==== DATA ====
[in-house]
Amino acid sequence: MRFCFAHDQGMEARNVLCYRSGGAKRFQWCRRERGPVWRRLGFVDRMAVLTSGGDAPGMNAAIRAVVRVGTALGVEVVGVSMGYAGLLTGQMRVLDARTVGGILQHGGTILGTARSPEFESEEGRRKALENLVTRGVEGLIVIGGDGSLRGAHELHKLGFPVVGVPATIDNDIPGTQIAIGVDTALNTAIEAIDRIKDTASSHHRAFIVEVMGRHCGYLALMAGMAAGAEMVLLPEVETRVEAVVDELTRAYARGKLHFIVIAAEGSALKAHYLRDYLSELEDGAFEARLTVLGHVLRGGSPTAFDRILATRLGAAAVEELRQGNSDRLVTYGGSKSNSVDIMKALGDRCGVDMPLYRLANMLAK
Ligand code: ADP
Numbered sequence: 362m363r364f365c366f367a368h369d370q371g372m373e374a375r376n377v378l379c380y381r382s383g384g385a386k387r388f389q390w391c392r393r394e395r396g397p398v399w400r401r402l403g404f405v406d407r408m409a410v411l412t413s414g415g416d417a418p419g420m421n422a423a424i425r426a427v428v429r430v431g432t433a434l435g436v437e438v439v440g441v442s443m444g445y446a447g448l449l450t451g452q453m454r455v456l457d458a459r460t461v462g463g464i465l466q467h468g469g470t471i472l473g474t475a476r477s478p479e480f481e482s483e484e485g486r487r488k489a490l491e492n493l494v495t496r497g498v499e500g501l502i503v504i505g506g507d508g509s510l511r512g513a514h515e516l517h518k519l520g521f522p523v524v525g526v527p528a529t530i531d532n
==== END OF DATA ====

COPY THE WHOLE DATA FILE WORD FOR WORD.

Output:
[in-house]
Amino acid sequence: MRFCFAHDQGMEARNVLCYRSGGAKRFQWCRRERGPVWRRLGFVDRMAVLTSGGDAPGMNAAIRAVVRVGTALGVEVVGVSMGYAGLLTGQMRVLDARTVGGILQHGGTILGTARSPEFESEEGRRKALENLVTRGVEGLIVIGGDGSLRGAHELHKLGFPVVGVPATIDNDIPGTQIAIGVDTALNTAIEAIDRIKDTASSHHRAFIVEVMGRHCGYLALMAGMAAGAEMVLLPEVETRVEAVVDELTRAYARGKLHFIVIAAEGSALKAHYLRDYLSELEDGAFEARLTVLGHVLRGGSPTAFDRILATRLGAAAVEELRQGNSDRLVTYGGSKSNSVDIMKALGDRCGVDMPLYRLANMLAK
Ligand code: ADP
Numbered sequence: 362m363r364f365c366f367a368h369d370q371g372m373e374a375r376n377v378l379c380y381r382s383g384g385a386k387r388f389q390w391c392r393r394e395r396g397p398v399w400r401r402l403g404f405v406d407r408m409a410v411l412t413s414g415g416d417a418p419g420m421n422a423a424i425r426a427v428v429r430v431g432t433a434l435g436v437e438v439v440g441v442s443m444g445y446a447g448l449l450t451g452q453m454r455v456l457d458a459r460t461v462g463g464i465l466q467h468g469g470t471i472l473g474t475a476r477s478p479e480f481e482s483e484e485g486r487r488k489a490l491e492n493l494v495t496r497g498v499e500g501l502i503v504i505g506g507d508g509s510l511r512g513a514h515e516l517h518k519l520g521f522p523v524v525g526v527p528a529t530i531d532n